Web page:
4. Algeria 1982 – Who’s laughing now!…..oh wait, it’s still not us.

While Tunisia manages to snag Africa’s first World Cup group stage win in 1978 with a 3-1 win over a weak Mexican side, African soccer was nevertheless still regarded as weak overall. When Algeria qualified for the 1982 World Cup in Spain, the Fennecs were not given much a chance by the prognosticators. Their first game would be against reigning European Champions and tournament favorites West Germany. This West German team included legends Paul Breitner and Heinz Rummenigge and was expected to cruise through a group that also included Austria and Chile.

And from the comments and predictions before the game, we know the West German players had full confidence they would embarrass their Algerian opponents. West German players openly predicted a 10-0 victory. One was quoted as saying “We will dedicate our seventh goal to our wives, and the eighth to our dogs,” with another boasting he would play the match with a cigar in his mouth. Even the German coach, Jupp Derwall, couldn’t help but join in the orgy of arrogance, stating his team would hop the first train back to Munich if they lost.

And then they played the match. Bolstered by the reigning African Footballer of the Year Lakhdar Belloumi and a young future Porto legend Rabah Madjer, Algeria held off the West German attack and struck first via a Madjer volley in the 54th minute, stunning the Germans and the crowd. West Germany responded with intense pressure, allowing Rumminigge to equalize in the 67th minute. At this point, most rational observers fully expected the German onslaught to continue and that the valiant Algerians would eventually cede more goals and lose to the mighty European champions. However, after the kickoff, the next time a West German player touched the ball was when he picked it out of his own net.

Algeria’s response to the West German equalizer proved enough to secure the biggest upset in World Cup history at that time and Africa’s first over a European squad. The footballing world was absolutely dumbfounded. The West Germans were in disbelief and Derwall made to look a fool when reminded of the local train times.

But the joy quickly turned to anger. Algeria finished the campaign with a loss to Austria and a victory over Chile, looking poised to be the first African team to reach the second round. However, the last match between West Germany and Austria wasn’t scheduled until a day after Algeria’s final match against Chile. Realizing that a 1-0 West German victory would send both the West Germans and Austrians through at Algeria’s expense, that’s exactly what occurred. After a quick goal by West Germany, the two teams spent the next 80 minutes passing back and forth in one of the most shameful matches ever played in a World Cup. Both FIFA and Algeria were outraged. Fans whistled and waved money in the air to signify their belief that the final match was rigged to produce the only result that would benefit Germany and Austria. One disgusted German fan burned his nation’s flag during the second half. Even the German television commentator quipped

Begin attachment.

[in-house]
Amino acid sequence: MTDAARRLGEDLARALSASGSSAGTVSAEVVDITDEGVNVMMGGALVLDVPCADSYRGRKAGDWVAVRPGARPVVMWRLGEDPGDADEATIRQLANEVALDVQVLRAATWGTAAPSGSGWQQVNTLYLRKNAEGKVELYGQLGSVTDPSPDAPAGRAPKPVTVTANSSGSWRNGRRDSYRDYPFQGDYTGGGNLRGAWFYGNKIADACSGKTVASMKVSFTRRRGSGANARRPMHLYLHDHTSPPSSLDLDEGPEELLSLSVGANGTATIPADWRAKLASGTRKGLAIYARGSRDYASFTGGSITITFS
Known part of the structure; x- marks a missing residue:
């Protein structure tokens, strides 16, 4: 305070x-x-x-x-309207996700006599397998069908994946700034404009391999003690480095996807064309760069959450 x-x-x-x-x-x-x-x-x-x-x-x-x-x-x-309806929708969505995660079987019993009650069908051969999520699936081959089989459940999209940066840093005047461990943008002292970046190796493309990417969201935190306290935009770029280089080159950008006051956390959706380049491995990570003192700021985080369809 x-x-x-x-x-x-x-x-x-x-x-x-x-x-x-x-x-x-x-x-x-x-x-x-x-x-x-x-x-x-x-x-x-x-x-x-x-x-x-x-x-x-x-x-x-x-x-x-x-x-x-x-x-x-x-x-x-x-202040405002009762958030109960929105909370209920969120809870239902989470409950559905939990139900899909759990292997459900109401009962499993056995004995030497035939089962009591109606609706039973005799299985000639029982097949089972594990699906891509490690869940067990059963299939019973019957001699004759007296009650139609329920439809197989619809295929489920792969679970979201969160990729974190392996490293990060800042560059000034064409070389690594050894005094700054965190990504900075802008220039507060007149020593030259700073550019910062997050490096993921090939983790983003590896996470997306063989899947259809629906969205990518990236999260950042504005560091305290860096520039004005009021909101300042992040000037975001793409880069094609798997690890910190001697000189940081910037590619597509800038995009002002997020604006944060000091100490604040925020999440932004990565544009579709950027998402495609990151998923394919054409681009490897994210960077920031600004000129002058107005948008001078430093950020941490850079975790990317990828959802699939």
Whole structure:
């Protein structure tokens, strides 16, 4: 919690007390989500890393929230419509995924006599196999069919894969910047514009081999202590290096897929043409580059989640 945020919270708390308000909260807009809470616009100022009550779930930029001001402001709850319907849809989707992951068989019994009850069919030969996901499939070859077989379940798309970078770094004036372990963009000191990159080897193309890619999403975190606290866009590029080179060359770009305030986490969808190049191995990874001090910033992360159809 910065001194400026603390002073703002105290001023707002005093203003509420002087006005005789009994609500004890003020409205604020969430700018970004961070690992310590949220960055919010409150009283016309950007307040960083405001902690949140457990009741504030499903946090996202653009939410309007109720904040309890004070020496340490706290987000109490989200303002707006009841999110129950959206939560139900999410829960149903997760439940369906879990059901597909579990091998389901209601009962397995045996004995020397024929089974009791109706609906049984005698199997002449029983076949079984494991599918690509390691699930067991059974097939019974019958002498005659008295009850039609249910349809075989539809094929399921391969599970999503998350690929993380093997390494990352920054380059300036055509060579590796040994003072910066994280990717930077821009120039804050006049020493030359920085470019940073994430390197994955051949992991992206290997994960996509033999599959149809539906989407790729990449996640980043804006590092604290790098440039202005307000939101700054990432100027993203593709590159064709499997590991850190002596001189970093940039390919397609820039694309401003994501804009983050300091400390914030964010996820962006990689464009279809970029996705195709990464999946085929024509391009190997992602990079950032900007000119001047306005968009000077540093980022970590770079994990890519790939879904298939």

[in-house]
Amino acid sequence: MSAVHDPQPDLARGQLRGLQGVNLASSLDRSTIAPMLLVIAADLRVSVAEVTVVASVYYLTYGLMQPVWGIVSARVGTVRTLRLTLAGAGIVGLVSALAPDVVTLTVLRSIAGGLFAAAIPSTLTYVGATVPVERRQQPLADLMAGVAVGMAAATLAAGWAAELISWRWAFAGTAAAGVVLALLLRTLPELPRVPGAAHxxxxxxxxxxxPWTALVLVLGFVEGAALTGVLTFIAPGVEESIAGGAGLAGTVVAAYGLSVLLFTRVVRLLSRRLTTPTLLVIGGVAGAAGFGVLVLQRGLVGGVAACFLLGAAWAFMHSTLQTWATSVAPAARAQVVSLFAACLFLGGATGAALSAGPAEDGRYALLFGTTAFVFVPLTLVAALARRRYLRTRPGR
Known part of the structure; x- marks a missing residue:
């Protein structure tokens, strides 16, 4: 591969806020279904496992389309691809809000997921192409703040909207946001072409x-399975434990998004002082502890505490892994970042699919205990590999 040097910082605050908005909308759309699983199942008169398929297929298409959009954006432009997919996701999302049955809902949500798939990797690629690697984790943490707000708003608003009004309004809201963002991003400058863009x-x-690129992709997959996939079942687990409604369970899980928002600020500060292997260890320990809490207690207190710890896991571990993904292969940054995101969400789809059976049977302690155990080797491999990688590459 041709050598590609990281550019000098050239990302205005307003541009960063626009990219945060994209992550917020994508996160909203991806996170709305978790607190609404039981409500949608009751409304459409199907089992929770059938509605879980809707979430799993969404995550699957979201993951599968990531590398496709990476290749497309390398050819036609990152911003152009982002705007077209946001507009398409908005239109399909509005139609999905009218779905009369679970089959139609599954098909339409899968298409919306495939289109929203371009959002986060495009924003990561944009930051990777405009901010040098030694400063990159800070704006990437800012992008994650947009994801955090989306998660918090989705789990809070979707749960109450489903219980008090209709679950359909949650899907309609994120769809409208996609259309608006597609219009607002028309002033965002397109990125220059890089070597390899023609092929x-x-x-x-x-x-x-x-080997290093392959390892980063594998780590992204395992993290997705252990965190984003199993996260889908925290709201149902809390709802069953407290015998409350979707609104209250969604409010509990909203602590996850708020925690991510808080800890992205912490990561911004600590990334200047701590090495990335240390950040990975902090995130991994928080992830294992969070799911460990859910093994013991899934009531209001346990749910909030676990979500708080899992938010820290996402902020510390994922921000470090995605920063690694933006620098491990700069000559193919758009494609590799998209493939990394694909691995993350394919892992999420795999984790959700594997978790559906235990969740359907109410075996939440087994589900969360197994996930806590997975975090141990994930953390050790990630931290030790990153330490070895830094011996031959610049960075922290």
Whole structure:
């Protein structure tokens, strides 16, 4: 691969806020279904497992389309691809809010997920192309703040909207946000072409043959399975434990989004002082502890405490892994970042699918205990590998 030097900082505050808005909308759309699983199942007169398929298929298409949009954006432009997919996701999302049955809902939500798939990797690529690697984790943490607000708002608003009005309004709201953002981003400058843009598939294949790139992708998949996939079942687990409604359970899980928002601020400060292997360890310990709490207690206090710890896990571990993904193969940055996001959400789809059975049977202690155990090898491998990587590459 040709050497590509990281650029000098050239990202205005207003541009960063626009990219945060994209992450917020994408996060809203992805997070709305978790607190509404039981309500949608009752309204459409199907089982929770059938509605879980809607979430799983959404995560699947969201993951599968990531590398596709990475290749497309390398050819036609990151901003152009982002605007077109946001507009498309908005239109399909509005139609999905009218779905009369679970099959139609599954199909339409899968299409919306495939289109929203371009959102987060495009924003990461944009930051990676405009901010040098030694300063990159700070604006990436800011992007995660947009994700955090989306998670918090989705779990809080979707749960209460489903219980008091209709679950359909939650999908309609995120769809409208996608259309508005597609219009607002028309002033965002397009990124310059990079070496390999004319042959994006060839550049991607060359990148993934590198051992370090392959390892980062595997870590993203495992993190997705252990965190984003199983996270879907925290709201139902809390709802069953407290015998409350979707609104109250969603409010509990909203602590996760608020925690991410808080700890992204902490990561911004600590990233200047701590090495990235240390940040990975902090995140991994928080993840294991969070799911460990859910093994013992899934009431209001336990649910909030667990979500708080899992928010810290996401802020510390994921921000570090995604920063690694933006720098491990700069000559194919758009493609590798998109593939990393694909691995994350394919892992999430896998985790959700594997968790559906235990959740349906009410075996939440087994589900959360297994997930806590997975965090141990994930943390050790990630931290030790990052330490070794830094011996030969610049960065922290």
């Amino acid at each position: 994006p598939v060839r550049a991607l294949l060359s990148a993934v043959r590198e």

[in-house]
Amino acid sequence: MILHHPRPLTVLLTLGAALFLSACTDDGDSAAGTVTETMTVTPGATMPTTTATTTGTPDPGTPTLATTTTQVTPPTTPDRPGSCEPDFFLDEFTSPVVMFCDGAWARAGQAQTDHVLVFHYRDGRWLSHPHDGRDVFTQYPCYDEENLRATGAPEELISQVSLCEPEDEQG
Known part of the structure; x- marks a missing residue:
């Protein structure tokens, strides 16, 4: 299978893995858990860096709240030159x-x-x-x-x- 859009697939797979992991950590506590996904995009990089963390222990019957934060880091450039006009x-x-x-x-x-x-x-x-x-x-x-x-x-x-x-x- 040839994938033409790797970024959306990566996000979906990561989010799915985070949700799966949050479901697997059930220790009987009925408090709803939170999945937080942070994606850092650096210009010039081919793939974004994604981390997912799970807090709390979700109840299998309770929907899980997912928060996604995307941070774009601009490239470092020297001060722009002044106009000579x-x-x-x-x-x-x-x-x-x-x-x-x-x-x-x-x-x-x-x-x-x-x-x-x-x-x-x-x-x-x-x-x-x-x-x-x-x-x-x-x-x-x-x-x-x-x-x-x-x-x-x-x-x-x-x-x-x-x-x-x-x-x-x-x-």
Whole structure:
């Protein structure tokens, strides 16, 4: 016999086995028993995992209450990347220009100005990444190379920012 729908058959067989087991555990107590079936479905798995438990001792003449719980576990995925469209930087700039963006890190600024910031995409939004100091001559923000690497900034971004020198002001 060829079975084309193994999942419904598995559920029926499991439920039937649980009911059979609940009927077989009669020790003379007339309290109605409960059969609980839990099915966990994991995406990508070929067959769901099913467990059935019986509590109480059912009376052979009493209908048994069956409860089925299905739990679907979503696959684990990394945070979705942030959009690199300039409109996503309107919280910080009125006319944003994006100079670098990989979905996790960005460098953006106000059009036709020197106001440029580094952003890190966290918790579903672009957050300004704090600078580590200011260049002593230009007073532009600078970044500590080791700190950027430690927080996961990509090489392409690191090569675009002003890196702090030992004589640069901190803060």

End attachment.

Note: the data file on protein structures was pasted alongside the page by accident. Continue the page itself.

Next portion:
“What’s happening here is disgraceful and has nothing to do with football. You can say what you want, but not every end justifies the means.”

Alas, not much could be done and the results stood. The Algerians that surprised the world were eliminated and West Germany eventually went to the final, losing to Italy 3-1. It was not all of naught as FIFA adjusted the tournament starting in 1986 so that the final group stage games were always played simultaneously, preventing another 1982-like debacle from ever occurring again.

While little solace for the Algerians, there always remains the memory of making the West Germans eat their words and, for a moment, captivating the sporting world….. “2-1…How about that!” remains one of my favorite sports calls of all time.

3. Senegal 2002 – Henri Camara strikes again…

It’s hard to properly credit Senegal’s accomplishments at the 2002 FIFA World Cup in Korea/Japan, the only time West Africans have ever qualified for the event. You have to know where it began to understand just how far they went. It’s not that Senegal barely qualified for the World Cup, it’s that they barely qualified for the last round of African qualifying, which included twenty teams seeking five spots.